By Will Cirletoo. Dlfl
id by Harry Mlllarde.
HAROLD STERN'S BAND
Swimming and Divinar Pool. Cree
Shetland Pony Rldea. Kiddie Pool.
Handball Courts Carousel. Rocking
Chair Movies and othrr features.
Dempsey-Carpen ti,-r Returns Direct
Free Swimming Instruction.
Monday, July 4t!i
and CHARLOTTE ROYI.E
World's Oreati at Swimmers.
Open Air Pool at 3:30 I". M.
(Races and Exhibition.)
Admission?Sunday? end Holidays, fi.
Sattirriavs, 75c. Weekdays, 50c.
PARK ENTRANCE ilk-.
Fourth of July Holidays
MANHATTAN BEACH BAND
ball and Other
facing the 0<rau
5 ?LOCKS OF SEA BEACH & LAWN
75c Daily. fltfiO Saturdays, $2 suniiaji
84 passenger vessels scheduled for all ports in the
world are listed amono- the 352 passenger and
freight vessels in to-day's New York Tribune
Pact to Stand
For Year More.
British Chancellor Declares
Treaty Itself Provides
for Its Remaining in
Bombshell to Premiers
News That Alliance Can End
Only by Denunciation
Gives Issue New Ansie
LONDON, July 1 (By The Associated
Press). ? The Arglo-Japanese treaty,
which expires July 13, ?rill
caily continue in force another year,
Reuter'a News Agency says to-day. Such
continuation arises from acceptance of
the ruling of Lord Birkenhead, Lord
High Chancellor, that, failing formal
! denunciation, the treaty automatical]/
I continues, the agency
The Times says: Lord Birkenhead
pointed out that the treaty itself pro
i vidoa that unless it is denounced by
| Great Britain or Japan it will remain
1 in force until one or the other party
i does_ denounce it, and will even then
i continue for a year aftT d?nonciation.
The Times describes the Lord High
j Chancellor's statement, which was
? made to the imperial conference, a3 a
bombshell. The newspaper argues that
I this ^opinion alters the whole angle of
the Premiers' aoproach to one of the
, largest international problems.
All the dominion Premiers again
j gave their views on the renewal of tha
j alliance in the course of two sessions
I of the imperial conference to-day. Pre?
mier Lloyd George did not address tha
delegates. He contented himself with
an occasional que?tion or observation.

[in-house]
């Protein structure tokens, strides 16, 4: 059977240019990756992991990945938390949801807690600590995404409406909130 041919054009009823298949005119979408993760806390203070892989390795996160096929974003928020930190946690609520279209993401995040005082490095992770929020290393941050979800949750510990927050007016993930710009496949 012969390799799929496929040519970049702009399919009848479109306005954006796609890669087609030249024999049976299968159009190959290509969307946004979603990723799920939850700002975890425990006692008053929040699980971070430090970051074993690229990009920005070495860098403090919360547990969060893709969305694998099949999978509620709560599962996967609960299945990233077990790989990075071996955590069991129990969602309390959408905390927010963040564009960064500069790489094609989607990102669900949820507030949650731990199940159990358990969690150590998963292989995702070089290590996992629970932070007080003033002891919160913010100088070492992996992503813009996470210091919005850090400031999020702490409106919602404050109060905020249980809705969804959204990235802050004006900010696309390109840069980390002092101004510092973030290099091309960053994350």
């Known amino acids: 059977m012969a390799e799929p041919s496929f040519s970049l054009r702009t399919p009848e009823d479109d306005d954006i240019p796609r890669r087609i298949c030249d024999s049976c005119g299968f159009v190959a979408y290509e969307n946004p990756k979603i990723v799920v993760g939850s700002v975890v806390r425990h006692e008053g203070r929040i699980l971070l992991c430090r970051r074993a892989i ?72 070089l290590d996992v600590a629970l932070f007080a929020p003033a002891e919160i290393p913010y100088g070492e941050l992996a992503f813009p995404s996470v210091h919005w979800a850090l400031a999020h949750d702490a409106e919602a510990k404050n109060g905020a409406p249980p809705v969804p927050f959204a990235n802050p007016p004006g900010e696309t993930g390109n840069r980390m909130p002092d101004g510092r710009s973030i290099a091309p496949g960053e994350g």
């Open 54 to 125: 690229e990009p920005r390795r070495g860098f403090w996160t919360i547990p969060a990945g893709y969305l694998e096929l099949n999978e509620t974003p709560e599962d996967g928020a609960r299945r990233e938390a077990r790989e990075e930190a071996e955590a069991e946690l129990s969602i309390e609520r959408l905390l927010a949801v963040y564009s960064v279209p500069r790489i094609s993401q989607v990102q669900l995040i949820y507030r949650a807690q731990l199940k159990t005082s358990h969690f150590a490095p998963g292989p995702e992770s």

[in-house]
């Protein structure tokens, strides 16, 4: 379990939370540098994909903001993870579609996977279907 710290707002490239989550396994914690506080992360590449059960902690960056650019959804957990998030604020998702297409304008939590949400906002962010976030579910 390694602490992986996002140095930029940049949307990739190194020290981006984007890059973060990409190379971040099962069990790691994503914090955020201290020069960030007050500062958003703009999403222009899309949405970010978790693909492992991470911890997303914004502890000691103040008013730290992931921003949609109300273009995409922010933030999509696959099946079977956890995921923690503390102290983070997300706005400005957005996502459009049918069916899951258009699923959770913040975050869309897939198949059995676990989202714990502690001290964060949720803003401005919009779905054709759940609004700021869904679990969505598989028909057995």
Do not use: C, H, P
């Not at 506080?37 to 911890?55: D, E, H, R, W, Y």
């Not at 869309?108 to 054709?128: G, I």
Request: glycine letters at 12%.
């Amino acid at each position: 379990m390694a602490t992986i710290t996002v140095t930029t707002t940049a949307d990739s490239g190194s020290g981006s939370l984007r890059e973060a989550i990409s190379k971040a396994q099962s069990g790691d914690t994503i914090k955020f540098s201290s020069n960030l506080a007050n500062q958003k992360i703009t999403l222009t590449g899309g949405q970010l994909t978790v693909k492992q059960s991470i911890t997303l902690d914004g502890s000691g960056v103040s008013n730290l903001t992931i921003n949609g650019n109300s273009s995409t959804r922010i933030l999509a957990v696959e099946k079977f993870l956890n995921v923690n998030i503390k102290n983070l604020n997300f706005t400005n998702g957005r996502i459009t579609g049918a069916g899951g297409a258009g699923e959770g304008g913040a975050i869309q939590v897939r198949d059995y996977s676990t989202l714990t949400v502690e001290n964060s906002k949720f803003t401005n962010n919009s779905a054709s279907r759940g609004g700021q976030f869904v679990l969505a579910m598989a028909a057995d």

Utmost secrecy still surrounds the
proceedings of the assembly. No official
communique has been issued, but it is
understood debate on the treaty was
again adjourned to enable Lord Curzon,
the Foreign Minister, to communicate
with tho Ambassadors of the nations
Reports that the conference is con?
sidering a tri-partite agreement be?
tween the United States, Great Britain
and Japan in connection with the re?
newal of the treaty are given promi?
nence by the Morning Post and ether
newspaper.-. By such an agreement, it
is declared, a virtual triple entente
for the Pacific would be established.
Kate O'Hare Kidnaped
Socialist Writer Taken From
Friend's Home hy Men
TWIN FALLS, Idaho, July 1.?Mrs.
Kate Richards O'Hare, widely known
Socialist writer and lecturer, who was
released from Federal prison by Presi?
dent Wilson after she had served four?
teen months of a sentence for violation
of the espionage law, was to-day taken
from the home of H. 11. Friedheim, a
friend, by u party of a dozen or more
unknown men. Her present where?
abouts is unknown.
She was to have delivered a lecture
I NEW YORK'S ?.EADINO THKATREH
VBIAMSTERDAM West 42 St Evwfi?S
M?TS. WED.&5AT 50*fc$250 h,?..?
POP HATINES TODAY
^ COHAN ^Slt^?"" $2
THE SAFEST BET OF ALL!
^S^SSS'5 TWO LITTLE
eiBLS IH BLUE
T a?L, 45 St.. W. of li'v. n.T. BT?.
TLriM? B??s B:S0. MAT TO-PAY.
the Bronze Bell
Inca-Vanee Pamaoufil I
pt, ,u Concert <-r '1 ertre?
ft ill "WEALTH."
&% TIMES A Paramount ?'Mura.
SQUARE. Fatn i..
p WTEWON "The GOLEM"
V SQUARE. "Itl. ELI." PHOLOOlIt
ORCH ESTR? OF fl? PLA i LES ~
SOLOISTS OF DISTINCTION
EVERY NIGHT AT 8:80
Price? i'.OO?Phone i Irol?
HIPPODROME ?foIL?o '??Sb spONii
AFT;, BEST SEATS. 50o. NIGHTS. 25e. TO SI.00.
i if D A niT?fl M ? ? ,..Mwt Bu^,
Rajo Di ?
U COUJ BTRAUS8'
? -Newa Bee
P?QHT BETCBNS ANNOUNCED THIS i
Syd^hD "SALVATION HELL"
** I KA H arm? Troii?j
B'way, at i" Street. Btrand Symphony 0
D'ANNUNZIO'S LABlKlA '
_WORLD'S OBJBATBBT SPBCTAO*
Ntx! ts Luna Park Filtered. Sterilized. HiataS
8'JRF AVE. OPEN
CONEY ISLAND 9 A. M. TO M10NIGHT.
Band Concartt, DMng Exhiblihr?
C???l??Y DETAILED n:/i i KVS
Dempseyys. Carpsntier Doui
IVwaj- at M Sbeet Capitol <>ruml Onh.
CDI IIMFtiA !; B*rt**q?M
ULUiV?Dl.H & 47[h ...
By a PRYOR'S BAND
ill M CHILDREN FREE WEEKDAY
?? ?? AFTERNOONS with PAhtf/TS
CONEY ISLAND. FREE RIOES^nd FREE CIRCU??
BRNB8T J BECKMANN, EANi
ORCHESTRAS, ?'hoaa Audutioa 'fill.